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Mom Who Tried to Poison Her Kids With NyQuil Gets Probation

Mom Who Tried to Poison Her Kids With NyQuil Gets Probation

A Franklin, Tennessee, mother received probation after being accused of the attempted murder of her three children. The probation will be lifted and her record will be expunged if she makes it through the five-year watch period without a problem, according to the Tennessean.

Nelsondra Watson pled guilty on Wednesday to three counts of “attempted adulteration of food or liquid” for attempting to poison her children‘s drinks with a mix of NyQuil and Lexapro in April 2018. Two of her children were adults and one was a minor at the time of the incident. All three children survived. Watson called a doctor as soon as they regained consciousness. The doctor then dispatched the police.

Watson was first indicted on the charges of attempted murder among others in early 2019, according to the Tennessean. A police report by Franklin police claimed Watson planned to kill herself after her children. Watson had a history of mental illness before the April 2018 crime, according to court records.

NyQuil cold medicine containing dextromethorphan is offered for sale at a retail store December 05, 2006 in Chicago.
Scott Olson/Getty

NyQuil is a common over-the-counter cold medication and Lexapro is a prescribed medication most commonly used to treat generalized anxiety disorder. The two should never be mixed due to the possibility of extreme, fatal consequences, according to WebMd.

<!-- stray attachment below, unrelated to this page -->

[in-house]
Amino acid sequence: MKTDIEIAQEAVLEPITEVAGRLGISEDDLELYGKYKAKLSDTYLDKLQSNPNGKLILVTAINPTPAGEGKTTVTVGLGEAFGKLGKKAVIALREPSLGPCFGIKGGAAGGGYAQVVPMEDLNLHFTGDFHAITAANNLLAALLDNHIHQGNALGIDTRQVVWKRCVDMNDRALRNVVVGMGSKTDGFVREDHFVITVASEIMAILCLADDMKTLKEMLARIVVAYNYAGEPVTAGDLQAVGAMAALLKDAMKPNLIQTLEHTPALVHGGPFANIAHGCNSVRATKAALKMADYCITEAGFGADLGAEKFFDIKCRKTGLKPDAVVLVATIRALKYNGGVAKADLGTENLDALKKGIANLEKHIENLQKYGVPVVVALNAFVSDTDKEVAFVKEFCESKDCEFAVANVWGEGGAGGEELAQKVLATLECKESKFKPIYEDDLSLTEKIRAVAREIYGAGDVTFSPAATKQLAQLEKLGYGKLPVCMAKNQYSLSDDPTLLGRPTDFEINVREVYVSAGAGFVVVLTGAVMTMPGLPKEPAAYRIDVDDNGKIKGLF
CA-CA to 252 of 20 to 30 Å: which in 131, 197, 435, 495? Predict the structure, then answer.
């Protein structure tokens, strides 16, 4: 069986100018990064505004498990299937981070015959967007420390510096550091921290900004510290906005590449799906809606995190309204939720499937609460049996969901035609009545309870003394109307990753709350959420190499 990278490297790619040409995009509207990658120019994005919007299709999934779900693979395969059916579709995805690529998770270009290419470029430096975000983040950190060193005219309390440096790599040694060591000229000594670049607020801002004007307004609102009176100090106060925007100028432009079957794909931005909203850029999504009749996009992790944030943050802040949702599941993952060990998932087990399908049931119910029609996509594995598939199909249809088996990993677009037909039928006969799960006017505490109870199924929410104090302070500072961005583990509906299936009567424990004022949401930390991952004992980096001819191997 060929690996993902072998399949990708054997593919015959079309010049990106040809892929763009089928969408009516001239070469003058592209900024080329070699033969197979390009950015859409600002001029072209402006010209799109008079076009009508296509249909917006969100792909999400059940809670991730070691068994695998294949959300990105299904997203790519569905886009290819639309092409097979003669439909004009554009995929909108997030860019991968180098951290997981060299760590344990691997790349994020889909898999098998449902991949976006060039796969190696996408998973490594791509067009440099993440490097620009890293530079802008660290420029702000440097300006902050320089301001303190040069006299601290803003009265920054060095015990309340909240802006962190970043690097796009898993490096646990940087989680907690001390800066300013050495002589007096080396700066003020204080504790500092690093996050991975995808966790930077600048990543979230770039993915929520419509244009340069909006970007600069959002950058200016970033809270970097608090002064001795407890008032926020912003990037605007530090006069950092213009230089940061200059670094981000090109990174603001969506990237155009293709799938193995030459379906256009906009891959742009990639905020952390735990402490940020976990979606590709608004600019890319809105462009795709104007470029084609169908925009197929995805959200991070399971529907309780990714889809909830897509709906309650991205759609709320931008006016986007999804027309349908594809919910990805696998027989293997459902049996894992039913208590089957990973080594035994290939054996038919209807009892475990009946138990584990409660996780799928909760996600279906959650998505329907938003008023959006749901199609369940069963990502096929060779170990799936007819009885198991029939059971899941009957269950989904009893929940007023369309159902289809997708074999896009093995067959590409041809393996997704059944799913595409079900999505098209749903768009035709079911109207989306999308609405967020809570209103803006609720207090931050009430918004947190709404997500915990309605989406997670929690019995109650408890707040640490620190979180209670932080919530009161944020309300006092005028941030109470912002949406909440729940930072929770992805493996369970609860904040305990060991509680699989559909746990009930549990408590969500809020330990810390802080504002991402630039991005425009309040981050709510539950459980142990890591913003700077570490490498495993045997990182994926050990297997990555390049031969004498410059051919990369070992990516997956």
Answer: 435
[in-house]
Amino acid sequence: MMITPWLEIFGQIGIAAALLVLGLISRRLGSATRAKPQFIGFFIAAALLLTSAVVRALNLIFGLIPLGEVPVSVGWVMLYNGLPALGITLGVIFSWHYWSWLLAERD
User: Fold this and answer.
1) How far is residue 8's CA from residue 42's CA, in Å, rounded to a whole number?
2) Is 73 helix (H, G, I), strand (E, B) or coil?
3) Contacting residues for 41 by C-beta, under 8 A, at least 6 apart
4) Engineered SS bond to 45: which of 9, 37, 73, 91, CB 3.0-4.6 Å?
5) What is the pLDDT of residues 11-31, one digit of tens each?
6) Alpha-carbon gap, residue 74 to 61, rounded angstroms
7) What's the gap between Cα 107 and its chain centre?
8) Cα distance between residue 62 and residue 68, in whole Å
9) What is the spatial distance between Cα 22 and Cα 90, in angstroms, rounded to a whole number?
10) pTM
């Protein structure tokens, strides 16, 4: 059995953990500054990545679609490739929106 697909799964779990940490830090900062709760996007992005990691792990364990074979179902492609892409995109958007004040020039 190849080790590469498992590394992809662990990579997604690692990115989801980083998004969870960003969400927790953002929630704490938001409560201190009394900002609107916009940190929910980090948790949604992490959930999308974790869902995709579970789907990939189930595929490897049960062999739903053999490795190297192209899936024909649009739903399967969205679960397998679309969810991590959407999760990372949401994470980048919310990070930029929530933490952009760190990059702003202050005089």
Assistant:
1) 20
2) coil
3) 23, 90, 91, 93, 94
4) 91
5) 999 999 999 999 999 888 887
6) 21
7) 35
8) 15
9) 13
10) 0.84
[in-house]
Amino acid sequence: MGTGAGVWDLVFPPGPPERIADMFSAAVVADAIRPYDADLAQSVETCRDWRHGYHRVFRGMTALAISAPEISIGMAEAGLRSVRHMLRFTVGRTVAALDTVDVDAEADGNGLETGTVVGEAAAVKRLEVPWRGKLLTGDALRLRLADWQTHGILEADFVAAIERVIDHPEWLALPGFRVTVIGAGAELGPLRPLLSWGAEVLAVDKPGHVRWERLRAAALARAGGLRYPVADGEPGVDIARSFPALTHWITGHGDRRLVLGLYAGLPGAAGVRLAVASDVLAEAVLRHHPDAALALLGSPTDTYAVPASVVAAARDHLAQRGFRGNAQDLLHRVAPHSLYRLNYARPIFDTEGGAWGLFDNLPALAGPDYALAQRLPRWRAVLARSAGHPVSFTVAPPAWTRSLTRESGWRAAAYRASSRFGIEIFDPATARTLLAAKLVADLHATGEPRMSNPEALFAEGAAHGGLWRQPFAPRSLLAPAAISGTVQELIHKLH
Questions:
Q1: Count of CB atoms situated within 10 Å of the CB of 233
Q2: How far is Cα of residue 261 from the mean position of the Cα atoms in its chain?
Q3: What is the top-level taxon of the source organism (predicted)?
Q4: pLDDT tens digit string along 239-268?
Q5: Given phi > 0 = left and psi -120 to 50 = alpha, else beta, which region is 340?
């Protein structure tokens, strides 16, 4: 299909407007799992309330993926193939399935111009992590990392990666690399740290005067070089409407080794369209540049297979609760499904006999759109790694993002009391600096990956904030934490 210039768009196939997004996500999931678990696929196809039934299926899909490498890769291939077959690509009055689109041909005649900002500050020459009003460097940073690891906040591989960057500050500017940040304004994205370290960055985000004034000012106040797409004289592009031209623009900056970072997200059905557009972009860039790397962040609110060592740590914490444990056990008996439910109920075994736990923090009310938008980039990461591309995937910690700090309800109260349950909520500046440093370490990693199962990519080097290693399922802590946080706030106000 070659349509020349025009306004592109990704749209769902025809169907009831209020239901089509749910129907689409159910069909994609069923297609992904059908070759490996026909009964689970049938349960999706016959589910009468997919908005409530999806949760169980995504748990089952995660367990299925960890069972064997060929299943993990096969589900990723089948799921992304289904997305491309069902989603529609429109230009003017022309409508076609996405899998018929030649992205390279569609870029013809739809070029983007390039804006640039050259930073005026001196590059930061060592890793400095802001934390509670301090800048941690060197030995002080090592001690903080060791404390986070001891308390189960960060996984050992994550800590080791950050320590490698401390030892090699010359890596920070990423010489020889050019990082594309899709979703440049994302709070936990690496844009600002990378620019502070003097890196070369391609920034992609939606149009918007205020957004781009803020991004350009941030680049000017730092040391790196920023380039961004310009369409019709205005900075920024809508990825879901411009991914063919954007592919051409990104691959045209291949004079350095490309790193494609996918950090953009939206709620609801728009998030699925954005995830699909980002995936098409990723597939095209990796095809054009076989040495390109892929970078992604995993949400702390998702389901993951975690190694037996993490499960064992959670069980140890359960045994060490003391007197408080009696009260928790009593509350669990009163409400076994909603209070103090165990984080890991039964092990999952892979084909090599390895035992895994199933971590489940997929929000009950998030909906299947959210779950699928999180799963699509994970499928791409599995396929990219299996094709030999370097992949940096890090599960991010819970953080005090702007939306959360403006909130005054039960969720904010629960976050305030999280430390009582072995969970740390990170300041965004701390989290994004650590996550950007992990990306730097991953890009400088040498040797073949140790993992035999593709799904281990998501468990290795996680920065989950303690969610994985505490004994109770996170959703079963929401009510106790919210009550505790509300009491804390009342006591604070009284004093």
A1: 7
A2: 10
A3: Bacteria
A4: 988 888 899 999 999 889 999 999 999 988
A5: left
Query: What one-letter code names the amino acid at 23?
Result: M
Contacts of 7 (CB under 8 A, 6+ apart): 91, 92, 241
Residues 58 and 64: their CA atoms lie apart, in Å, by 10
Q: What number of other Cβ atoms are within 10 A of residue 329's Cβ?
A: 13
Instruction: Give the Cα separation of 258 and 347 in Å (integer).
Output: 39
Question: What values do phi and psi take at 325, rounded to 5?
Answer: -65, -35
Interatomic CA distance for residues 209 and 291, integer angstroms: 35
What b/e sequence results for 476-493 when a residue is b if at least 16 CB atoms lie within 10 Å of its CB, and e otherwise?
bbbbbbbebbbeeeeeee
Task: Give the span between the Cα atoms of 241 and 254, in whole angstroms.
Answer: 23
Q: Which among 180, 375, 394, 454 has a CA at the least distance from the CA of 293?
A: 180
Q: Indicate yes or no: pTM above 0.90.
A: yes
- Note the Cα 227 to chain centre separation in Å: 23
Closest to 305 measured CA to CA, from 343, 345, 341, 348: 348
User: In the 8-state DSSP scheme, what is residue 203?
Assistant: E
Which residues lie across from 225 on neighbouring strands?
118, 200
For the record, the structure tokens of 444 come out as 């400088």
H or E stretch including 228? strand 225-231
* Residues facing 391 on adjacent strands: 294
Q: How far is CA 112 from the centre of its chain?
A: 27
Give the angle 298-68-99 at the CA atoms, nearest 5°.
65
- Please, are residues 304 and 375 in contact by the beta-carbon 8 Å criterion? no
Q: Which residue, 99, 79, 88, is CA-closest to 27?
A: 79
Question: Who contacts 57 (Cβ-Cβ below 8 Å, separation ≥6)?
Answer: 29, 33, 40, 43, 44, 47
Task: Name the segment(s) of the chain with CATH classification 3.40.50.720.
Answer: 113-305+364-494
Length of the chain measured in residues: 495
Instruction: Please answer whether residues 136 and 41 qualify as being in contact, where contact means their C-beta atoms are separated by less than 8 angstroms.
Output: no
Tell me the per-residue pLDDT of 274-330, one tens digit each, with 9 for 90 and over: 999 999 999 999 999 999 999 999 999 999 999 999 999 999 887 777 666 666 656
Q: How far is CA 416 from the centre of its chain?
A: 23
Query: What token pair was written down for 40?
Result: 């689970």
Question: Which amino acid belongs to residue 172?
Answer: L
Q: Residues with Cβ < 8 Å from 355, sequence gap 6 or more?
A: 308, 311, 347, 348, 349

Though Watson pled guilty to tampering with food or drink some of her children said they think she’s not guilty. In letters written to the courts, two of the three said they believed a medication change that could have triggered her abnormal behavior in letters written to the courts. They explained their mother had begun taking a new antidepressant.

Mario and Alonzo Watson said they believe their mother is not guilty. “I trust her with my life, and I know that she would not intentionally harm me or my siblings,” Mario explained, as reported by the Tennessean in August. “She has been a major influence in all of our lives. I believe the medication is at fault. Everything only started falling apart after the medicine came into play which was given to her for her depression.”

Alonzo echoed the point. “I’m writing to say she isn’t guilty,” he said. “I believe her depression came from living with our father. I recently found out that the side effects of the medication she was on caused suicidal tendencies. I have come to the conclusion that her depression came from the medication.”

Watson’s probation requires her to avoid both physical and violent contact with her children and her mother.

There are a few possible discrepancies in Watson’s case. First, the Tennessean reported a search warrant for the home-produced no NyQuil or Lexapro. Watson’s attorney alleged that Watson was also never read her Miranda rights during her arrest.

“In its response to the discovery in this matter, the state has produced no evidence that tends to corroborate Mrs. Watson’s statements made while she was awaiting admission to a psychiatric treatment facility,” attorney Richard Strong wrote in an August motion to dismiss the trial. “Because of the lack of corroboration, this court should exclude those statements for being untrustworthy.”

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